During the past half century the Centers for Disease Control and Prevention’s annual reports show that salmonellosis has been the leading cause of foodborne death. Salmonellosis is caused by virulent serotypes of the bacterium Salmonella enterica. The sources include undercooked meat or poultry, cross contamination from raw meat or poultry, and poorly washed produce. The species varies in its virulence to humans and animals. Some serotypes are pathogenic to animals but less so to humans. Other serotypes are pathogenic to humans but not to animals, which become asymptomatic carriers.

Public health issues with asymptomatic carriers include:

1. The pathogens are undetectable during slaughter processing as is the non-visible fecal contamination;

2. Ordinary slaughter and dressing processing steps do not eliminate the pathogens from the product, they are in the non-detectible fecal contamination embedded in the follicles;

3. There is a tolerance for their presence based on surveys; thus,

4. The production facilities have no incentive to eliminate the pathogen which leads to environmental contamination, including produce.

On Jan. 19, 2020, attorney Bill Marler and others petitioned the Food Safety Inspection Service (FSIS) to declare the outbreak serotypes of Salmonella as adulterants. FSIS received 377 comments on the petition. Marler addressed those comments in a follow up supplement to the petition.  The Center for Science in the Public Interest (CSPI) also petitioned FSIS in January 2021 to “Establish Enforceable Standards Targeting Salmonella Types of Greatest Public Health Concern while Reducing all Salmonella and Campylobacter in Poultry, and to Require Supply Chain Controls.”

FSIS has taken no action. FSIS has written that it will respond after it has thoroughly evaluated the issues raised, as well as the comments submitted on the petitions and any supplement information. That is 16 months since the comments closed. In the meantime salmonellosis continues to sicken and kill people.

In an Oct. 29, 2021, article, ProPublica wrote, “Today, food poisoning sickens roughly 1 in 6 Americans every year, according to the CDC, and salmonella hospitalizes and kills more people than any other foodborne pathogen. Each year, about 1.35 million people get sick from Salmonella. While most recover, more than 400 people die and 26,500 people are hospitalized. Some are left with long-term conditions like severe arthritis and irritable bowel syndrome. Salmonella costs the economy an estimated $4. 1 billion a year, more than any other type of food poisoning.” https://www.propublica. org/article/salmonella-chicken-usda-food-safety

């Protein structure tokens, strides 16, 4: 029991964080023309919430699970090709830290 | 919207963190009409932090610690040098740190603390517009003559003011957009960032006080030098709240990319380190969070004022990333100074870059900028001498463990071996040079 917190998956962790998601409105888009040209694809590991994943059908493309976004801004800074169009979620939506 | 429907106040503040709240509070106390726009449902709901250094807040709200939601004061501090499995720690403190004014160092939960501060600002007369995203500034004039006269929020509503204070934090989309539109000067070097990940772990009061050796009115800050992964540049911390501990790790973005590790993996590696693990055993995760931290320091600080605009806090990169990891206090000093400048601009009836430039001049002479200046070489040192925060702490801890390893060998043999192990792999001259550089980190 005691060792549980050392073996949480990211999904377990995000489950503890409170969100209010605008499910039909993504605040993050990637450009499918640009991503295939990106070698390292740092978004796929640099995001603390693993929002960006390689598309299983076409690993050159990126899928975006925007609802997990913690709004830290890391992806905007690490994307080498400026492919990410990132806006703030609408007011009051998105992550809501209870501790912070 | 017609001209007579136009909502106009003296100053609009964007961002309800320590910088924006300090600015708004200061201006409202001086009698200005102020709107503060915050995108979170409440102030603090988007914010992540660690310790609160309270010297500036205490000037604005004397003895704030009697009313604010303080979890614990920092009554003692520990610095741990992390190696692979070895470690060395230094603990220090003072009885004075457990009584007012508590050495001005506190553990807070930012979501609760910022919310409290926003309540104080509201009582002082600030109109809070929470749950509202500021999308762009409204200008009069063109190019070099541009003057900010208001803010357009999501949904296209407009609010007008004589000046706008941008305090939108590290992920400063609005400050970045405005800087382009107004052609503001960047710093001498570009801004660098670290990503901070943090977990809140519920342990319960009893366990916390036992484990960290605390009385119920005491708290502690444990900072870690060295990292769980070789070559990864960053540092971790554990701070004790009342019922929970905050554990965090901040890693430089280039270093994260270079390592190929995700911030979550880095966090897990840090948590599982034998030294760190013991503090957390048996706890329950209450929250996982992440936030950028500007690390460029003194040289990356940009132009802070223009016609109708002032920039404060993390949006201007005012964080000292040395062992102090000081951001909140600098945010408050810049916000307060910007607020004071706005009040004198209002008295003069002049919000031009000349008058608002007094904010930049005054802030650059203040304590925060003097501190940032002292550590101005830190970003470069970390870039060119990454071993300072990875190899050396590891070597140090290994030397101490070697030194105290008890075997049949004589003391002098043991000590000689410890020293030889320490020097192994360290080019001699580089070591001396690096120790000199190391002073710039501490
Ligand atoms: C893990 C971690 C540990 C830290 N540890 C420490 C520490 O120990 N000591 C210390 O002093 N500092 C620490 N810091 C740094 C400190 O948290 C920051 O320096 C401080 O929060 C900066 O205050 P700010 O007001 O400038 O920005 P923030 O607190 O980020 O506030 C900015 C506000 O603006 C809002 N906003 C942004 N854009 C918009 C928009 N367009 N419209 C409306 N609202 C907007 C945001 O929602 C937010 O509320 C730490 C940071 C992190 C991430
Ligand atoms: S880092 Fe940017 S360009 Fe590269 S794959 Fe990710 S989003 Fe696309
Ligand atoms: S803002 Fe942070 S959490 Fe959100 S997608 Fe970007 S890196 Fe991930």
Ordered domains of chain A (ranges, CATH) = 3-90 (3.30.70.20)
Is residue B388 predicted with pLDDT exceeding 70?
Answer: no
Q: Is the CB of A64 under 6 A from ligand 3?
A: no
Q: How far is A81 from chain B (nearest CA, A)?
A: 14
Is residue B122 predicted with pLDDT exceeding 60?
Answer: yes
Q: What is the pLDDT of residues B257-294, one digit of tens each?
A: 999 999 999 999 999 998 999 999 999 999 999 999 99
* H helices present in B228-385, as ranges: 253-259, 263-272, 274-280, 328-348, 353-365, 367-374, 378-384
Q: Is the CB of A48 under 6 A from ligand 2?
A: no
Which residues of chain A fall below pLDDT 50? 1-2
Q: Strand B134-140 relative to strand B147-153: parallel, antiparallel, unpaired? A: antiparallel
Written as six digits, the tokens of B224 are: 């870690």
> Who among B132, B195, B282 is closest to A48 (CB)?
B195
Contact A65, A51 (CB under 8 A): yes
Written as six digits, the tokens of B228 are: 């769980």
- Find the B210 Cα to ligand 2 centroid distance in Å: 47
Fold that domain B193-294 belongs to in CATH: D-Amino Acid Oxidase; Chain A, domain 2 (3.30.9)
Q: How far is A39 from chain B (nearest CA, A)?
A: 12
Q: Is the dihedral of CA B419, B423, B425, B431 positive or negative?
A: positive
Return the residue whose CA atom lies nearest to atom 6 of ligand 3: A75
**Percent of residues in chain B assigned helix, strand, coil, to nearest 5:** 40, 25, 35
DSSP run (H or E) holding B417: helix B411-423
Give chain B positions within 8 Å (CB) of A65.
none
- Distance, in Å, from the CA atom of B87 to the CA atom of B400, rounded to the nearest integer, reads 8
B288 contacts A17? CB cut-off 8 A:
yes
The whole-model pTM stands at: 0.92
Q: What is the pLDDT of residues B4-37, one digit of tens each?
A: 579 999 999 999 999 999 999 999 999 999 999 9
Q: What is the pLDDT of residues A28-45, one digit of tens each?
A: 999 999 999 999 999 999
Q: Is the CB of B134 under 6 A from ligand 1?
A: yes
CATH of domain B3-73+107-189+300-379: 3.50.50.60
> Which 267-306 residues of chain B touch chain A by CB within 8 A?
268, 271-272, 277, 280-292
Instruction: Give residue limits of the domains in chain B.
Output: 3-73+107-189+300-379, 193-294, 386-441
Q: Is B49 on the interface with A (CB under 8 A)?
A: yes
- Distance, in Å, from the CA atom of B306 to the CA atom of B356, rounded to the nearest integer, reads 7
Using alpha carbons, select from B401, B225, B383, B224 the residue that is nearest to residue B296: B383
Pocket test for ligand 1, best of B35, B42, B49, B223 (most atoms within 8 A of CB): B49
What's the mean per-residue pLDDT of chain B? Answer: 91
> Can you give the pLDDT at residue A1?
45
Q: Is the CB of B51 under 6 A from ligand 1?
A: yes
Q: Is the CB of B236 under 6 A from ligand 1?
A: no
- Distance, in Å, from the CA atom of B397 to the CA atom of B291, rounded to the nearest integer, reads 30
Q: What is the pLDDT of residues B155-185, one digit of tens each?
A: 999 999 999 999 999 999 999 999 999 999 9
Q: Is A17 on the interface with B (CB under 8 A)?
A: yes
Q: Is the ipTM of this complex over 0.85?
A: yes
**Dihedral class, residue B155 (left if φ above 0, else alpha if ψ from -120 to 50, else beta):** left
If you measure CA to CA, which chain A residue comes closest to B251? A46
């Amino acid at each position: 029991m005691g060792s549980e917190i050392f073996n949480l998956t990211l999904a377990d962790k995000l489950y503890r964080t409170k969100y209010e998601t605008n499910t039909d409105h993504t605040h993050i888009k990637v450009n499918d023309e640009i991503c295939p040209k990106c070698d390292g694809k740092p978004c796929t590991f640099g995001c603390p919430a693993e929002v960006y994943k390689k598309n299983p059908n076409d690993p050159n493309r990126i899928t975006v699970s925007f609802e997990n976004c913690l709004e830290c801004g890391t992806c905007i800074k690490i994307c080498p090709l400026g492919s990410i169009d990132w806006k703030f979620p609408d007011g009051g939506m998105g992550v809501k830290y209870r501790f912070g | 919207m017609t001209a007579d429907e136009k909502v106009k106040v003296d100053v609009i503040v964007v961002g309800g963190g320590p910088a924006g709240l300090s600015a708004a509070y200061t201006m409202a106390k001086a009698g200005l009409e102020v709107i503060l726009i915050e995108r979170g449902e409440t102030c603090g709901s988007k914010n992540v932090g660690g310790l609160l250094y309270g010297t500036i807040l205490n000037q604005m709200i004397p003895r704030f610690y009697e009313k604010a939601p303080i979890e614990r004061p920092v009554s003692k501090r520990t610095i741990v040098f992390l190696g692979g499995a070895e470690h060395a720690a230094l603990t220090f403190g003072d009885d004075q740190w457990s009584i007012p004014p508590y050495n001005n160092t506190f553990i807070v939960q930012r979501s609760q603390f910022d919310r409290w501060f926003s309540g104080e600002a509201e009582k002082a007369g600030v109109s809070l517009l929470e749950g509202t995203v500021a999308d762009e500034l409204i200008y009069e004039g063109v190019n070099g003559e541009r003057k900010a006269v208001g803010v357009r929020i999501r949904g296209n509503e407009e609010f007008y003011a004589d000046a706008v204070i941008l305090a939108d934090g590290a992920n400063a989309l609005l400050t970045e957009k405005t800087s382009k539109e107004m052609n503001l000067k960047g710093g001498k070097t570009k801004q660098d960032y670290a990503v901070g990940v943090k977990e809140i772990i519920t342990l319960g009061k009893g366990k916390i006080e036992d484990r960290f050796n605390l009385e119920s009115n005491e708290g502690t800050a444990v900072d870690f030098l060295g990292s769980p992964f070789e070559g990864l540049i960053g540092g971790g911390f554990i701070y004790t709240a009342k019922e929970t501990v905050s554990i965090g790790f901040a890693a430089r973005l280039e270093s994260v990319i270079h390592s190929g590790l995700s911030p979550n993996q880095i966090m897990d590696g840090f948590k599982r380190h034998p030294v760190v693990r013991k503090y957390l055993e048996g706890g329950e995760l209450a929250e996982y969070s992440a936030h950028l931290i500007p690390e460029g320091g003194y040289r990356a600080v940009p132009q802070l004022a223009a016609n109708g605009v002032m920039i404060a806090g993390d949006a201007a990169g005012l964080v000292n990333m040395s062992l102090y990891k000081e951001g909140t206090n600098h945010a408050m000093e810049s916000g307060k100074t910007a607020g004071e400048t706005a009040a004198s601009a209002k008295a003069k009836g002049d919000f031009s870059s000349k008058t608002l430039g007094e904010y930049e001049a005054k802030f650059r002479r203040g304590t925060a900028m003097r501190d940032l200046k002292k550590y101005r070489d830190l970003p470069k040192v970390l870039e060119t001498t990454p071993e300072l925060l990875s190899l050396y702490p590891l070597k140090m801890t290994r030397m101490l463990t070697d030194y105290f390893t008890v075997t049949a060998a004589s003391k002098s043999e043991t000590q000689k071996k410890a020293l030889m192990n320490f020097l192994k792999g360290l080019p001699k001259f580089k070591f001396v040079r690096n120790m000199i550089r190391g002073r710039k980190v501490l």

FSIS doesn’t lack for scientific expertise. There are numerous scientists, including chemists, staticians, and microbiologists. Additionally, there is a working relationship with USDA’s Agricultural Research Service (ARS). What the scientists seem to lack is effective communication and influence over the non-science managers. All managers are members of the Senior Executive Service and former members have described the political pressure they experienced. Kudos to the lawyers who have listened to the scientists, not the lobbyists, and implemented food safety reforms.

There is a cartoon by Julian Bilicki with a sign “SCIENCE IS IMPORTANT” but the sign has been amended to read “SCIENCE IS IMPO-TeNT” by a pencil labeled, “LOBBYISTS.”

A non-science FSIS Assistant Administrator recently responded that the Marler and CSPI petitions with their “new approaches” will be considered by the recently announced “plans to explore possible new approaches for addressing Salmonella in poultry.” Those petitions are not “new approaches” but based on decades of established science and previous FSIS actions. For example, after a serotype of Escherichia coli (E. coli) caused meat-borne outbreaks, FSIS declared that serotype, E. coli O157:H7, an adulterant. In response to additional illnesses, FSIS has added other serotypes of E. coli. It’s law based on science.

Decades ago, I congratulated a friend, a veterinarian, who had just finished Senior Executive Service training. I chided him by asking if part of the training was pithing his brain. He laughed and responded, “No, but they made us more politically aware.”

Salmonellosis is a serious food safety disease. The science in the petitions is solid. Outbreak serotypes are ordinarily injurious in the hands of ordinary citizens. It is long past time for FSIS managers to be less politically aware and more sensitive to the science and the legal requirement for food safety in the Food Safety Inspection Service.

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